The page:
Still, Rodriguez said schools can improve outcomes for low-performing student groups by bringing the community into the schools, making instruction more culturally relevant to the students and demonstrating that education leads to greater opportunities.

“We see real movement when that happens,” he said.

Mixed results in the Twin Cities Public district schools in St. Paul and Minneapolis followed the statewide trend this spring with modest gains in reading and setbacks in math.

St. Paul posted a 39 percent pass rate in reading, up 1.4 points over last year. Minneapolis is up eight-tenths of a point, to 43 percent.

In math, excluding grade 11, St. Paul’s proficiency rate of 38 percent was down 1.8 points from last year. Minneapolis is down six-tenths of a point, to 45 percent.

Michelle Walker, the St. Paul district’s chief executive officer, said the results were mostly disappointing.


“I have a lot of concern about the number of students who still are not proficient in our district,” she said.

Walker said stronger test scores in the district’s middle schools indicate they’re getting comfortable with the grade 6-8 format, three years after making the switch from junior highs. And she said big gains in high school graduation rates in recent years suggest the high schools have strategies that may work for the lower grades, as well.

Walker said last year that an aging curriculum might help explain low scores in math. The curriculum is up for review next school year.

St. Paul boosts opt-out record While test scores are flat, the number of students skipping the tests altogether has grown dramatically.

The trend is most evident with the 11th grade math test. This spring, 4,228 Minnesota juniors either opted out with a parent’s permission, didn’t show up or otherwise failed to complete the math test. That’s one for every 13 students who did complete the test, and a 167 percent increase over the previous year.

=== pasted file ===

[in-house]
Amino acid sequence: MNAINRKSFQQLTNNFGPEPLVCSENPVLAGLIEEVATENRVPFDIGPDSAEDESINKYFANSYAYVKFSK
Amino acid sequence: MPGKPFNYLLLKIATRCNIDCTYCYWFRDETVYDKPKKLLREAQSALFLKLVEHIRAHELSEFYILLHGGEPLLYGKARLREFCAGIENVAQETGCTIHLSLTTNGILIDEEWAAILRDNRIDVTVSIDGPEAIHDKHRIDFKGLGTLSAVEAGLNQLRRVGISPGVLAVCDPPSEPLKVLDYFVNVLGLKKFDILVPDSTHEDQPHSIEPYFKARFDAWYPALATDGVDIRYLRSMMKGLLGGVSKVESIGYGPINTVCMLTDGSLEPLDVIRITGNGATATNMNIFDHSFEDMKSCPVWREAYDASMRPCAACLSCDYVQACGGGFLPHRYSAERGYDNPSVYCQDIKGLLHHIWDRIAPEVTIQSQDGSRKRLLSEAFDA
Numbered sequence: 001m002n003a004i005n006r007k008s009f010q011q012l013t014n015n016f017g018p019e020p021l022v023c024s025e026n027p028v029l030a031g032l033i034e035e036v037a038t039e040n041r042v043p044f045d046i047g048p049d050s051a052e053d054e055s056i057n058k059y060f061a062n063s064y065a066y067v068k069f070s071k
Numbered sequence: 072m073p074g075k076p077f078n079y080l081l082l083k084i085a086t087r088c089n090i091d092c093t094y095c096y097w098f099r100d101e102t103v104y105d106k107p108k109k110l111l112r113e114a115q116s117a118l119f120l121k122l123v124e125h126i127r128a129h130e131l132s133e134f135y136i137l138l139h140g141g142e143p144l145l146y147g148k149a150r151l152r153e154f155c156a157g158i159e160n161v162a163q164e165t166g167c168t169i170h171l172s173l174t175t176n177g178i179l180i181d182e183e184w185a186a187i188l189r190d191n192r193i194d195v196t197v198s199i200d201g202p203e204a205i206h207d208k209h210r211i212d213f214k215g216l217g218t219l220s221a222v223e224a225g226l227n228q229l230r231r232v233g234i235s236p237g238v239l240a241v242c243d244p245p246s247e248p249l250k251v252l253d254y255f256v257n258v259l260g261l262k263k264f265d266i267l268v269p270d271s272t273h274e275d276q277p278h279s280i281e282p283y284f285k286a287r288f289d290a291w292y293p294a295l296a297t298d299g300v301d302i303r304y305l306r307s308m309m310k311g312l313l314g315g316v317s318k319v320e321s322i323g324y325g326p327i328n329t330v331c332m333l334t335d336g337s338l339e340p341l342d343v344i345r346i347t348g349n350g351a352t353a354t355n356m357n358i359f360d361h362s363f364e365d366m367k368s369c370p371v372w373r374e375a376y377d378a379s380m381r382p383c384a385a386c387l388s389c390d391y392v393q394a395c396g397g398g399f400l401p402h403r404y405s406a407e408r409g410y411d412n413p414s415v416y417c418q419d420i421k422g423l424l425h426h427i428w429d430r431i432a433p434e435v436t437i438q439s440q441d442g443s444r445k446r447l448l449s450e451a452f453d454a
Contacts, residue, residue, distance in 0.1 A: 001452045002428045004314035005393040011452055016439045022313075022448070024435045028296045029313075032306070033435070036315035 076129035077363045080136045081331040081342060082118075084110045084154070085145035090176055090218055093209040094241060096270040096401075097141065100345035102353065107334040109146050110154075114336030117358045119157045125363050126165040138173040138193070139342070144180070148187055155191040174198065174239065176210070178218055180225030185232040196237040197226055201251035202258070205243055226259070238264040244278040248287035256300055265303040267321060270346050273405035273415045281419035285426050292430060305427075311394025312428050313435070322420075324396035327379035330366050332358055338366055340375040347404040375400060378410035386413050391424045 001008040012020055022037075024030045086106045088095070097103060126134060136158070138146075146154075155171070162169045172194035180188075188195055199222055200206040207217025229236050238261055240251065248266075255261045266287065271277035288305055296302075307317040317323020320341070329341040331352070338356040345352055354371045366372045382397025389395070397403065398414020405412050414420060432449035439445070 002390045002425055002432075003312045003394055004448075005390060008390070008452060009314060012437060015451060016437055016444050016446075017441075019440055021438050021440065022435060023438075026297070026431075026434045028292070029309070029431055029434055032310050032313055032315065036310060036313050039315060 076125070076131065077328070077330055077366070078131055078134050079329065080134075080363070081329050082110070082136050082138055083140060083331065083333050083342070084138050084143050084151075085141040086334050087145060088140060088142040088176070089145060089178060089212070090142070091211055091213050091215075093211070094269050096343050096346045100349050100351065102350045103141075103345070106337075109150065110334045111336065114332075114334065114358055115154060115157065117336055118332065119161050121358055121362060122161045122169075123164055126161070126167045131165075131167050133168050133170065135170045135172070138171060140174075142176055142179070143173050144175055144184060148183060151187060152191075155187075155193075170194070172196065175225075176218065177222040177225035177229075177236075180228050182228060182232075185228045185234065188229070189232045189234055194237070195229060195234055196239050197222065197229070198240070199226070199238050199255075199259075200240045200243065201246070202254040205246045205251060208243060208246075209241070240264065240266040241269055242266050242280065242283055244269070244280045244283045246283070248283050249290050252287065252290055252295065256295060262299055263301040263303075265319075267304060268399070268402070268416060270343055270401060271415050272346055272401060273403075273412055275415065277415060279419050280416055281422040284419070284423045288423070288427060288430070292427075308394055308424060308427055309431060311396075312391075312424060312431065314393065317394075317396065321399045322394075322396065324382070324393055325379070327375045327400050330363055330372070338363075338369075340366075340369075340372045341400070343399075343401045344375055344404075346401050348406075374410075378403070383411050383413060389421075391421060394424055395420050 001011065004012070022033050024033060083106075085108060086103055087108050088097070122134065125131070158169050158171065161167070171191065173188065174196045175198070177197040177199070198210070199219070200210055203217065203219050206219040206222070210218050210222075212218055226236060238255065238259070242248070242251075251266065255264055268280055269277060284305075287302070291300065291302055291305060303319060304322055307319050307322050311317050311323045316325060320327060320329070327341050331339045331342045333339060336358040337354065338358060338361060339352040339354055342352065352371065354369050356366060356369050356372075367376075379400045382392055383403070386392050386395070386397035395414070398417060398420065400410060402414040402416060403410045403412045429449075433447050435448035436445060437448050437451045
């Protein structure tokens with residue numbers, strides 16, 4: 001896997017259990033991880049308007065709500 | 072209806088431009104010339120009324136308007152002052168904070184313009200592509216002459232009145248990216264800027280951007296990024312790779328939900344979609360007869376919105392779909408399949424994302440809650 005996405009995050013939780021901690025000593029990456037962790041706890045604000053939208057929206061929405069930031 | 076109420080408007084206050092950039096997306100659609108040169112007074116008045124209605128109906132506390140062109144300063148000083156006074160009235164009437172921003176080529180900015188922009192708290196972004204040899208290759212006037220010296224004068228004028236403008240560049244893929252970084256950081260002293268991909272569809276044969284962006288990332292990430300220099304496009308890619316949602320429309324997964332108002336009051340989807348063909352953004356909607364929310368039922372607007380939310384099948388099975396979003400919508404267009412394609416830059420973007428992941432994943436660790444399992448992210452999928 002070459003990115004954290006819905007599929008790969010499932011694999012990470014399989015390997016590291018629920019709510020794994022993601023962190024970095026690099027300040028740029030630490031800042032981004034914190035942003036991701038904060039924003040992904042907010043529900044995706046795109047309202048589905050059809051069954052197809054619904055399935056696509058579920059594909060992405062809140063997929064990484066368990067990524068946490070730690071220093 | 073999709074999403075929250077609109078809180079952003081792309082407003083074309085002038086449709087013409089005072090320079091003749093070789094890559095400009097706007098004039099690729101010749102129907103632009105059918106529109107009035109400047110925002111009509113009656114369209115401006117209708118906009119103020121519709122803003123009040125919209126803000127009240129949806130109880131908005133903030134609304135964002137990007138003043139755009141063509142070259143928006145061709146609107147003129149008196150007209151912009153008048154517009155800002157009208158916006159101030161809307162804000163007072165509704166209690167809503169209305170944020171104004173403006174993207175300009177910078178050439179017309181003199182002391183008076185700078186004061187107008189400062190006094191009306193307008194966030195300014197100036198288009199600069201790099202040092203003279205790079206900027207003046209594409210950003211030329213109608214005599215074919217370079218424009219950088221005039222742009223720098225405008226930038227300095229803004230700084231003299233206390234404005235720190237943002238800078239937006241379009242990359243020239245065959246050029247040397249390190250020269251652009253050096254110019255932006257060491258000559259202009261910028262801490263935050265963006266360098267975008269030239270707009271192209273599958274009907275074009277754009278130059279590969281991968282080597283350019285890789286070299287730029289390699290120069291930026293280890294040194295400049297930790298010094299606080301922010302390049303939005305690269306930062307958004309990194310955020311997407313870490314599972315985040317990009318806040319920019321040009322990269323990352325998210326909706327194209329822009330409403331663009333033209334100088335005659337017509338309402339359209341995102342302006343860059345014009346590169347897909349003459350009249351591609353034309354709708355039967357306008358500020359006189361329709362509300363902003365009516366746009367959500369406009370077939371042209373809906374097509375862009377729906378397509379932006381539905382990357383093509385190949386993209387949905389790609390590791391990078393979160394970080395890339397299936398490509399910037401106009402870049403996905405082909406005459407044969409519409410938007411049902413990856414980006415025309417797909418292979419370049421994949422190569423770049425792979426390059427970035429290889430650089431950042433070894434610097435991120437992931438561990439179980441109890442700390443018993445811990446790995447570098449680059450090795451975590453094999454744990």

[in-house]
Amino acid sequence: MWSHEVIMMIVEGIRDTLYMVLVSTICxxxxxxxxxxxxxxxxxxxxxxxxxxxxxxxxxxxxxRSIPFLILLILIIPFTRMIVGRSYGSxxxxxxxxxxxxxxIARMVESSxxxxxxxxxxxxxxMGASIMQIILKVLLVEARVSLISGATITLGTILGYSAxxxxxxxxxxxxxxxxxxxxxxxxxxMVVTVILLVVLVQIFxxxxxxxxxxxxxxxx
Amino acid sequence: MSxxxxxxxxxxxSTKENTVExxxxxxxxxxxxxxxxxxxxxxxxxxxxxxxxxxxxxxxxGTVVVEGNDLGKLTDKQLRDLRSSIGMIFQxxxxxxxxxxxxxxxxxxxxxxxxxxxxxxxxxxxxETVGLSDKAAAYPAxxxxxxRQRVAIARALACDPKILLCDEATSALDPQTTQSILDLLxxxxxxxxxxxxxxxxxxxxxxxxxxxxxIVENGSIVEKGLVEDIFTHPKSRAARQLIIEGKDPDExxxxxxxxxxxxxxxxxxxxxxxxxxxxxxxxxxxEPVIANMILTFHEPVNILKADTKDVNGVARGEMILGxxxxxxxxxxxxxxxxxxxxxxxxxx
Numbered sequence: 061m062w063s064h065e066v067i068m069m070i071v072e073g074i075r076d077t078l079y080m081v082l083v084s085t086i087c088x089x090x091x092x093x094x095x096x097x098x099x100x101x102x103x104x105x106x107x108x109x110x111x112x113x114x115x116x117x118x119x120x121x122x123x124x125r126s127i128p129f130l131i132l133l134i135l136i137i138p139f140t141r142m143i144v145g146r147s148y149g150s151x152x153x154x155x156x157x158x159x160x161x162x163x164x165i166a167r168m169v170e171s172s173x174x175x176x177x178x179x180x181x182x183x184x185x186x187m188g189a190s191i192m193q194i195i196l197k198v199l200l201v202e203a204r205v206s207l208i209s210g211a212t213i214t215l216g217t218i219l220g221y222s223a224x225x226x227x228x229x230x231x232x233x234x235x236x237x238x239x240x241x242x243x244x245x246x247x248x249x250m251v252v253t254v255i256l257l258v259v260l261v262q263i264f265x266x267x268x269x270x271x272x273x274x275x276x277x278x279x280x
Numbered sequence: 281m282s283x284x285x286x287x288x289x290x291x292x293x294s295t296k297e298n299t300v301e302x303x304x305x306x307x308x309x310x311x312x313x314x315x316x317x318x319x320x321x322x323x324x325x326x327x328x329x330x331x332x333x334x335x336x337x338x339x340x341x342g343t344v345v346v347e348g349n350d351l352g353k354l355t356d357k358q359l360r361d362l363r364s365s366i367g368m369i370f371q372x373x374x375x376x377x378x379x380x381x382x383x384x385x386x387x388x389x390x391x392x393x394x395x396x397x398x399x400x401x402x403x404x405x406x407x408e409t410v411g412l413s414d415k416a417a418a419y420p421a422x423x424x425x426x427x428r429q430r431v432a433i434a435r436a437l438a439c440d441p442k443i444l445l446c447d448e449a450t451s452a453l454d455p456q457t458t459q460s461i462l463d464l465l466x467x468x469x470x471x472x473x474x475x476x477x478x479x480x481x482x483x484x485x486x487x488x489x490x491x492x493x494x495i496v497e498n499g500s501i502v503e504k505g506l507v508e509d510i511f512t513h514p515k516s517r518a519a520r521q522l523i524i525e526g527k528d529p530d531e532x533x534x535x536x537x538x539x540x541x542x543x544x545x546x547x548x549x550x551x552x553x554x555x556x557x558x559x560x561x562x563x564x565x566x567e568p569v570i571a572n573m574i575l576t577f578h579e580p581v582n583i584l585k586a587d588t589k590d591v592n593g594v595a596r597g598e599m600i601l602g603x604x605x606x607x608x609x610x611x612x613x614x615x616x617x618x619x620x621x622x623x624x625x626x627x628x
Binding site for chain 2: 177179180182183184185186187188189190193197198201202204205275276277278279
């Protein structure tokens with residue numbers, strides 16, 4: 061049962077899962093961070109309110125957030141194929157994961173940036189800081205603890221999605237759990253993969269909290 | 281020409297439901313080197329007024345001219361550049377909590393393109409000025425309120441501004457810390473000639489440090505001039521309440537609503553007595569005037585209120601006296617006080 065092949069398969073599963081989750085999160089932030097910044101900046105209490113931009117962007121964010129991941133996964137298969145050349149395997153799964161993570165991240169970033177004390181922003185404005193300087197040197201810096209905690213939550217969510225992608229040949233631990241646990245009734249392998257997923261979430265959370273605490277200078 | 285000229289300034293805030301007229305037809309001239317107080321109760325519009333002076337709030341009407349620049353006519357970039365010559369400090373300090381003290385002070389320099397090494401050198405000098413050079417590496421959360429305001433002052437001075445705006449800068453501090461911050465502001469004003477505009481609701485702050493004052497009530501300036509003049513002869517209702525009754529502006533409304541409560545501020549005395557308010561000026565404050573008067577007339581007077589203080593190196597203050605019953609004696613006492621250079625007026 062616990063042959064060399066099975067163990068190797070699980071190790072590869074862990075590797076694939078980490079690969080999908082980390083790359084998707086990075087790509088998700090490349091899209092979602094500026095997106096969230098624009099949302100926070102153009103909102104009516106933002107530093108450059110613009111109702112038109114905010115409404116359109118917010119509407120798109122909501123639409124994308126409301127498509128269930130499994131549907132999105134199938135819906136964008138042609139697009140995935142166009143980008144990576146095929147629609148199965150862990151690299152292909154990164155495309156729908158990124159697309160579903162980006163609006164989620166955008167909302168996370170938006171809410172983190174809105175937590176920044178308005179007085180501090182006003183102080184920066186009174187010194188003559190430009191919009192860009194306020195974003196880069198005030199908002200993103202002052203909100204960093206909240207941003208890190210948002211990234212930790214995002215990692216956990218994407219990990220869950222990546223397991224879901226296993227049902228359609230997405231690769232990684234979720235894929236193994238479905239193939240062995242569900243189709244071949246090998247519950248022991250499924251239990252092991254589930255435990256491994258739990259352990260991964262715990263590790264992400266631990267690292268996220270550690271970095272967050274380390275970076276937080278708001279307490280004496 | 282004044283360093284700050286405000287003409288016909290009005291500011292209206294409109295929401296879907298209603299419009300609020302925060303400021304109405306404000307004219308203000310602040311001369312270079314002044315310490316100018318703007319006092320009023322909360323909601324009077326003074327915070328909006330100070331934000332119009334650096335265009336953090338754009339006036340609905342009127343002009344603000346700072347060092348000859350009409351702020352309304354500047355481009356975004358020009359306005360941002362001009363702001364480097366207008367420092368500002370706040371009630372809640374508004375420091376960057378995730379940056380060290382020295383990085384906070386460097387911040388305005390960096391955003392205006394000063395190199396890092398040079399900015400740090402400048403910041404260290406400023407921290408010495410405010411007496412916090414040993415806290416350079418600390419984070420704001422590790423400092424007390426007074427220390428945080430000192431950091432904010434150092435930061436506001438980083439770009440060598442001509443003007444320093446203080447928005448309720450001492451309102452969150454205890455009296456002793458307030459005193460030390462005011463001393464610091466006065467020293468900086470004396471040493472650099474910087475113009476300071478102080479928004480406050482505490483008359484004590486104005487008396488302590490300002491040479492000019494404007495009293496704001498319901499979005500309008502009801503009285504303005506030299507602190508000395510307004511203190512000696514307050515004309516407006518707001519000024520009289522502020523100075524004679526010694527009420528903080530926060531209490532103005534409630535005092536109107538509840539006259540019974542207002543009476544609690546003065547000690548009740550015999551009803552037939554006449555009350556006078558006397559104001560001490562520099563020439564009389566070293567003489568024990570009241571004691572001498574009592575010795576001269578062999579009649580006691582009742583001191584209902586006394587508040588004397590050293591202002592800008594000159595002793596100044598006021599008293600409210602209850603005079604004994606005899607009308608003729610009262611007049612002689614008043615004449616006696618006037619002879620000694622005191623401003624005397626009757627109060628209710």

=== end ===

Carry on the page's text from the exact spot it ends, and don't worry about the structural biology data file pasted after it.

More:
Minneapolis Public Schools accounted for 30 percent of those opt-outs and test refusals, but the movement is also catching on in St. Paul, where the teachers union has raised awareness about students’ options. This year, 525 St. Paul juniors skipped the math MCA, up from 71 the previous year.

“The record number of students opting out of tests this year reflects the growing sentiment by teachers, parents and students that one single test is not an effective measure of student knowledge,” Cassellius said.

Denise Specht, who heads the state teachers union, said the MCAs offer little in the way of useful information. Parents can’t see what their kids got wrong, check the test questions for bias or find out how much time they spend on test preparation.

“Until parents receive that information, the best way for them to track the progress of their children is easy – ask their teachers,” she said.

Walker said schools and families need information about how students are progressing.

“I think that’s valuable information for students and families to have,” she said.

Related Topics: EDUCATION